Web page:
Shuttle Discovery On Track for Wednesday Launch

Shuttle Crew Arrives at NASA Spaceport for Training
After their arrival at Kennedy's Shuttle Landing Facility the STS-119 crew members head across the tarmac to greet the media for a question and answer session. Photo
(Image: © NASA/Kim Shiflett)

CAPE CANAVERAL, Fla. - NASA's space shuttle Discovery is on track tolaunch Wednesday evening to deliver new solar arrays to the International SpaceStation, mission managers said.

Even the weather appears to be cooperating so far forthe planned launch from NASA's Kennedy Space Center at Cape Canaveral, Fla.on March 11 at 9:20 p.m. EDT (0120 March 12 GMT).

"The weather looks good for launch, I'm very happy to say,"NASA weather officer Kathy Winters said at a briefing here."We have these nice, mild conditions, warm temperatures? so a 90 percentchance of 'go' weather."

The only possible threat to launch from weather could be from a ceilingof clouds that may come in to block launch, Winters said. If that happens,mission managers said they can attempt to launch every day upuntil March 16, after which they would have to stand down to allow aRussian Soyuz craft to make its scheduled flight to the space station.

Discovery's seven-man crew, led by commander Lee Archambault, arrivedin Florida yesterday on T-38 jets. They will spend today undergoing medicalexams, checking out their launch suits and reviewing launch plans. This eveningArchambault and shuttle pilot Tony Antonelli are scheduled to practice landingthe space shuttle by flying shuttle training aircraft, which are modifiedGulfstream planes.

Mission managers said Monday that no technical problems currently pose athreat to Discovery's planned launch. They did investigate one minor worryassociated with a controller on the shuttle's Orbital Maneuvering System (OMS)engines, which had had a "hiccup" during last year's May launch ofthe shuttle Discovery's STS-124 flight. Ultimately, they decided it posed avery low risk.

"If this part fails, it's one of two controllers on a single OMSengine," said Mike Moses, chair of Discovery?s mission management team,adding that the controller was part of a tiered system full of backups. ?Soredundancy-wise, we're in really great shape there."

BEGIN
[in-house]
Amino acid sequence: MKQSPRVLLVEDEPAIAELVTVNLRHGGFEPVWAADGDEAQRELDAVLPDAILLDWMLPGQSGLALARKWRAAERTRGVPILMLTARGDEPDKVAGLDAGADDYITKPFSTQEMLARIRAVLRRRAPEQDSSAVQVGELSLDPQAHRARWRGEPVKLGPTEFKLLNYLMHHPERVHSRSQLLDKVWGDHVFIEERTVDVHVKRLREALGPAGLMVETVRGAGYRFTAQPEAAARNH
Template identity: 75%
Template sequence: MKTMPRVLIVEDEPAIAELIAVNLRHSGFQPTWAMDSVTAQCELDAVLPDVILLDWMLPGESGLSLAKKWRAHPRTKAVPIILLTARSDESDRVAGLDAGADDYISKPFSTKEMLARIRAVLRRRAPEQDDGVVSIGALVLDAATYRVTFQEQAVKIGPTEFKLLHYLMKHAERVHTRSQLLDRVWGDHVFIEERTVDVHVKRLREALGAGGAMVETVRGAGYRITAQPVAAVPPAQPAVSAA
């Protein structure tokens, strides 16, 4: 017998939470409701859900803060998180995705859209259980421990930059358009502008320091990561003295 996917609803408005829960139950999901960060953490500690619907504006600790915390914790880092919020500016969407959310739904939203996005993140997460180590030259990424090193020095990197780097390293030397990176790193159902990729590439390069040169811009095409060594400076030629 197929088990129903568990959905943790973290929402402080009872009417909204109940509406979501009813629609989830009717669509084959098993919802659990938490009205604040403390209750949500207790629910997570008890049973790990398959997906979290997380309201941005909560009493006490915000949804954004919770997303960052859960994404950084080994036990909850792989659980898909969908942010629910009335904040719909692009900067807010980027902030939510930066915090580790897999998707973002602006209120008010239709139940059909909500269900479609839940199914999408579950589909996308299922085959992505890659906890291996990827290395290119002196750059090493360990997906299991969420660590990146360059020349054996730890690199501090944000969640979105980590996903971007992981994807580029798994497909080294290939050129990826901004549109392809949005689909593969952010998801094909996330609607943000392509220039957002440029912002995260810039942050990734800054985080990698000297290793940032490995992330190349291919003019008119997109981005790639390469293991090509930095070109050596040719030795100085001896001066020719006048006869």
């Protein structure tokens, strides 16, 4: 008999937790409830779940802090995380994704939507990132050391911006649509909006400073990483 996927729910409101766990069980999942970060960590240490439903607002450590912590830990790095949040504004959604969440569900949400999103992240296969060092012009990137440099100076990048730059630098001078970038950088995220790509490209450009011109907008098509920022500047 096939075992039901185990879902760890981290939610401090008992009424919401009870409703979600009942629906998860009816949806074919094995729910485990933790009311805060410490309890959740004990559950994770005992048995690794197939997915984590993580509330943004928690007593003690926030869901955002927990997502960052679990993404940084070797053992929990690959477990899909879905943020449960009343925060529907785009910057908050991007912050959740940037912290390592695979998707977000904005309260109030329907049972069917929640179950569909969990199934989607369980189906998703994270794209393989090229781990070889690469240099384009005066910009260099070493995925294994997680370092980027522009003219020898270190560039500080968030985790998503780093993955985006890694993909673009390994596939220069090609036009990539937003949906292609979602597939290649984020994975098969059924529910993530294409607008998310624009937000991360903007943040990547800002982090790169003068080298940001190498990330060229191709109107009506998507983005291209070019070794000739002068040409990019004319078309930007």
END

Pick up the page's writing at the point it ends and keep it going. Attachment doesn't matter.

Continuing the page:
After weeksof delays to Discovery's launch date over fears that fuel control valves inthe shuttle's main engines might be faulty, NASA mission managers said they areconfident the shuttle is in good shape to fly.

"The team is anxious to go," said NASA shuttle launchdirector Mike Leinbach. "We?re fully trained, ready to execute thismission."

Engineers ended up replacing thethree valves on Discovery with a set that had been scanned to be sure theyhad no damage. Last year, a valve on NASA's shuttle Endeavour cracked duringits November 2008 launch. Though the problem didn't affect the shuttle's flight,and Endeavour completed its mission successfully, mission managers wanted to besure a similar occurrence wouldn't endanger Discovery.

The valves monitor the pressure of liquid hydrogen fuel in the shuttle'smain engines during launch, and leak off excess gaseous hydrogen if needed.After extensive tests, engineers found that even if a valve were to crackduring a future shuttle launch, the chances of it causing serious damage areextremely low. Nonetheless, managers decided to replace Discovery's set ofvalves with a new complement that were free of cracks even a fraction of a hairwide.

Discovery is set for a 14-day mission featuring four spacewalks toinstall the new solar array wings on the International Space Station (ISS). Itwill also ferry up Koichi Wakata, a Japanese Space Exploration Agency (JAXA)astronaut who is to become his country's first long-duration ISS crewmember. Heis scheduled to join the station's expedition 18 for about six months as aflight engineer.

"I am expecting that this week will become a historic event for theJapanese human space program," said Kuniaki Shiraki, JAXA ISS programmanager.

SPACE.com is providingcontinuous coverage of STS-119 with reporter Clara Moskowitz at CapeCanaveral and senior editor Tariq Malik in New York. Click here for mission updates and SPACE.com's live NASA TV video feed.

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